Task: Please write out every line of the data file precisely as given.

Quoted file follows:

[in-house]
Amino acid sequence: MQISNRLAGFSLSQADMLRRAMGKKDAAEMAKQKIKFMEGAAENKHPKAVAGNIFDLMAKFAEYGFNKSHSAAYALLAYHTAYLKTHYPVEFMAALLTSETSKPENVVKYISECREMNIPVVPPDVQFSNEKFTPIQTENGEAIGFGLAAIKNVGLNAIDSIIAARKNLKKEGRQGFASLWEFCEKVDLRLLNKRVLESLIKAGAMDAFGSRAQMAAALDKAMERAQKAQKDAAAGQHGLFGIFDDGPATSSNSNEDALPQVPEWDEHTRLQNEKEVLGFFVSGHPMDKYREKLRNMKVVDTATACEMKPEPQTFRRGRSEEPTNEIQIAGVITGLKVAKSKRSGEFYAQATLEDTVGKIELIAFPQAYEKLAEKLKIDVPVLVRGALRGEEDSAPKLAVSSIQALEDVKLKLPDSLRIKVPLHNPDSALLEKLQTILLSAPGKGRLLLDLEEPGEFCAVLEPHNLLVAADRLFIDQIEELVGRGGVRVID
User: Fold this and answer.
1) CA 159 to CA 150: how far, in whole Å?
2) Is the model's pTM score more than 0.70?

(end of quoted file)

[in-house]
Amino acid sequence: MQISNRLAGFSLSQADMLRRAMGKKDAAEMAKQKIKFMEGAAENKHPKAVAGNIFDLMAKFAEYGFNKSHSAAYALLAYHTAYLKTHYPVEFMAALLTSETSKPENVVKYISECREMNIPVVPPDVQFSNEKFTPIQTENGEAIGFGLAAIKNVGLNAIDSIIAARKNLKKEGRQGFASLWEFCEKVDLRLLNKRVLESLIKAGAMDAFGSRAQMAAALDKAMERAQKAQKDAAAGQHGLFGIFDDGPATSSNSNEDALPQVPEWDEHTRLQNEKEVLGFFVSGHPMDKYREKLRNMKVVDTATACEMKPEPQTFRRGRSEEPTNEIQIAGVITGLKVAKSKRSGEFYAQATLEDTVGKIELIAFPQAYEKLAEKLKIDVPVLVRGALRGEEDSAPKLAVSSIQALEDVKLKLPDSLRIKVPLHNPDSALLEKLQTILLSAPGKGRLLLDLEEPGEFCAVLEPHNLLVAADRLFIDQIEELVGRGGVRVID
User: Fold this and answer.
1) CA 159 to CA 150: how far, in whole Å?
2) Is the model's pTM score more than 0.70?